The FY2022 Capital Budget Enacted By The General Assembly

September 08, 2021

The General Assembly approved and Governor Pritzker signed an approximately $48.7 billion capital budget on June 17, 2021.[1]

Unlike the State’s annual General Funds budget, which is intended to cover only the cost of operations for the current fiscal year, capital appropriations are reauthorized over multiple years as planning, engineering and construction of capital investments commence. Since 2005 the capital budget has been proposed in a separate document from the State’s operating budget and is not part of the annual General Funds expenditures. The current multi-year capital budget was initially approved in 2019 as the Rebuild Illinois capital plan; this action provides annual appropriation authority for capital project spending to proceed. Information about the Rebuild Illinois capital plan can be found here and here.

The Government Finance Officers Association (GFOA) and the National Advisory Council on State and Local Budgeting (NACSLB) both recommend as a best practice that governments develop a capital improvement plan.[2] However, the State of Illinois capital plan does not include a comprehensive statewide capital improvement plan (CIP) that establishes priorities to balance capital needs with available resources, pairs capital projects with funding sources, helps ensure orderly repair and maintenance of capital assets and provides an estimate of the size and timing of future debt issuance. Rather, it primarily includes a list of projects. Developing a CIP is an important financial accountability measure because capital projects are costly and must be paid for over a number of years that the funds are borrowed.[3]

Types of Project Funding

The following chart shows the total FY2022 enacted capital budget by the type of project funding. Of the $42.5 billion in reappropriated funds, $26.7 billion will be reappropriated bond proceeds, $15.4 billion will be reappropriated current (pay-as-you-go) funds and $328.3 million will be from federal funds.  Of the approximately $6.2 billion in new appropriations, $4.2 billion will come from current funds, $1.2 billion will be from federal funds and roughly $820.4 million will be from bond funds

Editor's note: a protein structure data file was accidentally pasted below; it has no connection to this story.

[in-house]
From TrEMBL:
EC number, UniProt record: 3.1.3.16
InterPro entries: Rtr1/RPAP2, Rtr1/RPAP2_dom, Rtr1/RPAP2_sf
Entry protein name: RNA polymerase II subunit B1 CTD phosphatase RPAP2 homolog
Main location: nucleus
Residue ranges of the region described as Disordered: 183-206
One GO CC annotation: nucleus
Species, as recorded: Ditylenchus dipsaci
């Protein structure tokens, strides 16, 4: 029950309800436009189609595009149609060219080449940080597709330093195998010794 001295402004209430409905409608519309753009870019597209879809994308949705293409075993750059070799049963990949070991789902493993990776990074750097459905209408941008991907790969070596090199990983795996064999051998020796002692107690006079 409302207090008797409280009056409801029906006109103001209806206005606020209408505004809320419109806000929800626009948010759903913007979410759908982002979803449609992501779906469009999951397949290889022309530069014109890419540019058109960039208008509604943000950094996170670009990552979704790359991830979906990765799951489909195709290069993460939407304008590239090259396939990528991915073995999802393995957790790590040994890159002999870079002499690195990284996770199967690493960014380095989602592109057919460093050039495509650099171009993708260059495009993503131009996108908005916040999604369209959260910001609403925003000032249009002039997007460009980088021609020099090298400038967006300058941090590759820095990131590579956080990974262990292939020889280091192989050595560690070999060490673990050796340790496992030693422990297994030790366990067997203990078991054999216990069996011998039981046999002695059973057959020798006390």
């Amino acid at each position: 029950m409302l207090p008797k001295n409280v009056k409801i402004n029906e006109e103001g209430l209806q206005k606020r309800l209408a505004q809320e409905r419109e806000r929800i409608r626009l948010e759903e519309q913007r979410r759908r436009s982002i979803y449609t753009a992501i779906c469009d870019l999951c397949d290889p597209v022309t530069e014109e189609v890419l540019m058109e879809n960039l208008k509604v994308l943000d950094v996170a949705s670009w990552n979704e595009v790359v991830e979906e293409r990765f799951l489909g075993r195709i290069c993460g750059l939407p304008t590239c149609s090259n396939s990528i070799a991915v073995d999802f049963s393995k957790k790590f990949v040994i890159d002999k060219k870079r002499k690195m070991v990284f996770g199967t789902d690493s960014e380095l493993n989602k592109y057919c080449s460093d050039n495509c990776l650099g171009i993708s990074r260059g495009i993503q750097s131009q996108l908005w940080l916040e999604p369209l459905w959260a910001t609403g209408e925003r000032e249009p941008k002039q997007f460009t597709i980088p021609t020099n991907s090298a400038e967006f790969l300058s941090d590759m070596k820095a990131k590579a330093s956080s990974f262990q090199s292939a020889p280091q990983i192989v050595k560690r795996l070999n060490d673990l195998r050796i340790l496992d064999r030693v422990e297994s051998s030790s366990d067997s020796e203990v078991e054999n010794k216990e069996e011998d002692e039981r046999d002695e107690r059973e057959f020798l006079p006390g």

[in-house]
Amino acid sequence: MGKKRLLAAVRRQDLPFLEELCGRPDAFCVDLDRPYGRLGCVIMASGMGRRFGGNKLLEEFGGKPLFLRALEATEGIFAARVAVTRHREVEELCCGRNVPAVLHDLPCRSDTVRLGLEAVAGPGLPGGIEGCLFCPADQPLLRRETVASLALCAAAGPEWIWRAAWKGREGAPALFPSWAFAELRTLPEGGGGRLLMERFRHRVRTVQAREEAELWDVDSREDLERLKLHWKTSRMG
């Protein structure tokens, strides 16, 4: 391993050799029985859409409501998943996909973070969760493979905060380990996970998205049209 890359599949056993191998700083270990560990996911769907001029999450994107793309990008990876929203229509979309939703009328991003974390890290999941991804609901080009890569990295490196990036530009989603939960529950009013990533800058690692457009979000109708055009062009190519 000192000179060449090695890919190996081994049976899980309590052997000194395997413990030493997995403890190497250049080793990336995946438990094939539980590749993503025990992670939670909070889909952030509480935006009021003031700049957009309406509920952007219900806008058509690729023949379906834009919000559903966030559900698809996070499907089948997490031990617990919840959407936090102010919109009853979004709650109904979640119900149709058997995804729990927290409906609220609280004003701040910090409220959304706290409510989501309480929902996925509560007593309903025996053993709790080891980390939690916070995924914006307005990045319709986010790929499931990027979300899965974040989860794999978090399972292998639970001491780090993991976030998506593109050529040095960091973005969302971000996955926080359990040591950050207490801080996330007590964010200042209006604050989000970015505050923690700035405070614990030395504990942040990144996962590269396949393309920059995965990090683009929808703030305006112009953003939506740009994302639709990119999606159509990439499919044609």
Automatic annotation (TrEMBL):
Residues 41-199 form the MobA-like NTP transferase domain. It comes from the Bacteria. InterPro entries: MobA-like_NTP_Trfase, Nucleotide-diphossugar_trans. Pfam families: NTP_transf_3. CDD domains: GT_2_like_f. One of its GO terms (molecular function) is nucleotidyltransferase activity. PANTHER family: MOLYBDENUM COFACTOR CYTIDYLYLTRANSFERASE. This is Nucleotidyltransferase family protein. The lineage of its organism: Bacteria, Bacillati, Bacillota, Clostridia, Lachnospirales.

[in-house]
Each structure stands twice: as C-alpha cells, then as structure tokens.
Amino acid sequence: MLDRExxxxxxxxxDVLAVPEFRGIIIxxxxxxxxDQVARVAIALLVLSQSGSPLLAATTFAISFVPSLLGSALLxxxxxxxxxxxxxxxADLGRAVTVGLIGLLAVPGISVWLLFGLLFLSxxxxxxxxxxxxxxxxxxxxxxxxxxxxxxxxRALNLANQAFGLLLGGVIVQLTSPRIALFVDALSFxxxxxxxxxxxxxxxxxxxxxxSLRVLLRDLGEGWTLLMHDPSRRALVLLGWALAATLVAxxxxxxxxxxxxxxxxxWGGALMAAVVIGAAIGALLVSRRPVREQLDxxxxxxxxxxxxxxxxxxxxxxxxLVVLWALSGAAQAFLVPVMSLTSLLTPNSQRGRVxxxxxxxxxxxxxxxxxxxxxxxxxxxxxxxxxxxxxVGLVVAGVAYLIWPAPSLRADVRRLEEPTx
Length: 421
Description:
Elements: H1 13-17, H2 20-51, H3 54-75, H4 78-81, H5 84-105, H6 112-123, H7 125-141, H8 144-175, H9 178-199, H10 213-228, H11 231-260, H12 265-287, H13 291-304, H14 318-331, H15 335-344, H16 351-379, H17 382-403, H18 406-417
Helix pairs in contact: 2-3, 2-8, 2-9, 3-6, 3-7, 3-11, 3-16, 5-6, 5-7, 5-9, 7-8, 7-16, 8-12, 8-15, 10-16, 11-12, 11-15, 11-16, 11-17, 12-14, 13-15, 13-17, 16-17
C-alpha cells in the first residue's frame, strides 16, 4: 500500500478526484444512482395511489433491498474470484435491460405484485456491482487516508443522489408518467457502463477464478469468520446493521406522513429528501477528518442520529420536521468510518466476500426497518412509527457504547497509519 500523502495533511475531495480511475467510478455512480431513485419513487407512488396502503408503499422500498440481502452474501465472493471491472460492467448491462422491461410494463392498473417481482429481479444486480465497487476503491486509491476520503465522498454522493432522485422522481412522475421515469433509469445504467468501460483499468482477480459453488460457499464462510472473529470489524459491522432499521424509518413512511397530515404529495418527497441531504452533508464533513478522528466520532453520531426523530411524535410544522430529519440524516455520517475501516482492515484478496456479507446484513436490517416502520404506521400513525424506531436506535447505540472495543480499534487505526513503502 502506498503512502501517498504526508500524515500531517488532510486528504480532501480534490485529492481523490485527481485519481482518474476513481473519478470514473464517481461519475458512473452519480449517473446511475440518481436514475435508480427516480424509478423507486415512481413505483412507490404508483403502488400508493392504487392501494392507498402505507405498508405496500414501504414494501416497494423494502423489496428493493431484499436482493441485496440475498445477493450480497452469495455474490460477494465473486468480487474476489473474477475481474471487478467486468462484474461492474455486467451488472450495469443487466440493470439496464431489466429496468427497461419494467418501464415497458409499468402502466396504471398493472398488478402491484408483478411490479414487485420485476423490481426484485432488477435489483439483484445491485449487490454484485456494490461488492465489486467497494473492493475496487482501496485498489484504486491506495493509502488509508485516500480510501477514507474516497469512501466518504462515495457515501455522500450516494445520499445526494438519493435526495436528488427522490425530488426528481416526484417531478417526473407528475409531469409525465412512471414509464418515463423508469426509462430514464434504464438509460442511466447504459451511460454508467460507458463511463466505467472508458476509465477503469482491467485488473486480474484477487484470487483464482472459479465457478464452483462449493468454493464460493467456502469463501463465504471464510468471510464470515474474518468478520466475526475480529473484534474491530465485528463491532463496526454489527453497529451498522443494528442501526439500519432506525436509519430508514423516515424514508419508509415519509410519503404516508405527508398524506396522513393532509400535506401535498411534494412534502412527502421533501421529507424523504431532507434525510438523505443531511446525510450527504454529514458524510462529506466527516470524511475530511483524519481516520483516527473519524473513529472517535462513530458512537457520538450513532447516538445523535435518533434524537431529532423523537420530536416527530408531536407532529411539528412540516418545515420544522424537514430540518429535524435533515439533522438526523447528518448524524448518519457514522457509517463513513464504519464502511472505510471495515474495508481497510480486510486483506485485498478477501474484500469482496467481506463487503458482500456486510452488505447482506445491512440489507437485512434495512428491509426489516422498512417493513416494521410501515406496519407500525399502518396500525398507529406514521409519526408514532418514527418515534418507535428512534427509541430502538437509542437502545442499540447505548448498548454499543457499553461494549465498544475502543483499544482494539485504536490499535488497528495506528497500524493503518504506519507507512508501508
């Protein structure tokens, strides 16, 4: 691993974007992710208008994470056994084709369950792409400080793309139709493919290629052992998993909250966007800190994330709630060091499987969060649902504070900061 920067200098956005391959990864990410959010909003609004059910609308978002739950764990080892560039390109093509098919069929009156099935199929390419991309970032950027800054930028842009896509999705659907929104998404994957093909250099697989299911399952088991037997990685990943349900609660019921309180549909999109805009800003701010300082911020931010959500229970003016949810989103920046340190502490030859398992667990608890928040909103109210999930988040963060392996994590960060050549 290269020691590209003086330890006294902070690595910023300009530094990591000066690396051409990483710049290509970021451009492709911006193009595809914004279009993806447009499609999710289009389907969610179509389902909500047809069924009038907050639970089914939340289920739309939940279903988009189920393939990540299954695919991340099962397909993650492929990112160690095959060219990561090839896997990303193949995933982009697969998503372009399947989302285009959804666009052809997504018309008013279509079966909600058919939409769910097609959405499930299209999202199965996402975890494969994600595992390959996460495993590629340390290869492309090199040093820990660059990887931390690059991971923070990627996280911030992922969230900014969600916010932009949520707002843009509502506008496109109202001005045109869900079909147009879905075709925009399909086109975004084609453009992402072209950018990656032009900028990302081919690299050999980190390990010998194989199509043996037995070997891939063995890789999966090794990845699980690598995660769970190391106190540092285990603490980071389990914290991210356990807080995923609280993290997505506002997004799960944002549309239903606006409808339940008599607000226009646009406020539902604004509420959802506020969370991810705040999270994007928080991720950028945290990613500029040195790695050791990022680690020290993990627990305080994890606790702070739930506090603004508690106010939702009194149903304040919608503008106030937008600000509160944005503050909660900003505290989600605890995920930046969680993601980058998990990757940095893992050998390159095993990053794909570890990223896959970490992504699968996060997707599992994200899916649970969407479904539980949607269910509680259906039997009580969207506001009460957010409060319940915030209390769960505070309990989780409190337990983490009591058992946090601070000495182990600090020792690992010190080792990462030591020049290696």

Capital Budget Expenditures

The following table compares total spending in the capital budget enacted by the General Assembly for FY2022 to the enacted capital budgets for FY2020 and FY2021 It breaks out new appropriations and reappropriations by major department.

Total capital appropriations will increase by 3.7% or $1.7 billion between FY2020 and FY2022. New appropriations during that three-year period will decrease by 81.1%, or $26.7 billion. The large decrease is due to the fact that capital spending authorized in FY2019 with the Rebuild Illinois Capital Plan is reappropriated each year until it is spent; smaller amounts of new spending are added to the plan each subsequent fiscal year.  Reappropriations over that same period will increase by $28.5 billion or 203.3%.


The next exhibit shows a breakdown of FY2022 capital budget spending by department and funding source.

Nearly $4.2 billion in new current (pay-as-you-go) funding was primarily appropriated for five departments: Transportation, Environmental Protection, the Capital Development Board, Commerce and Economic Opportunity and Natural Resources.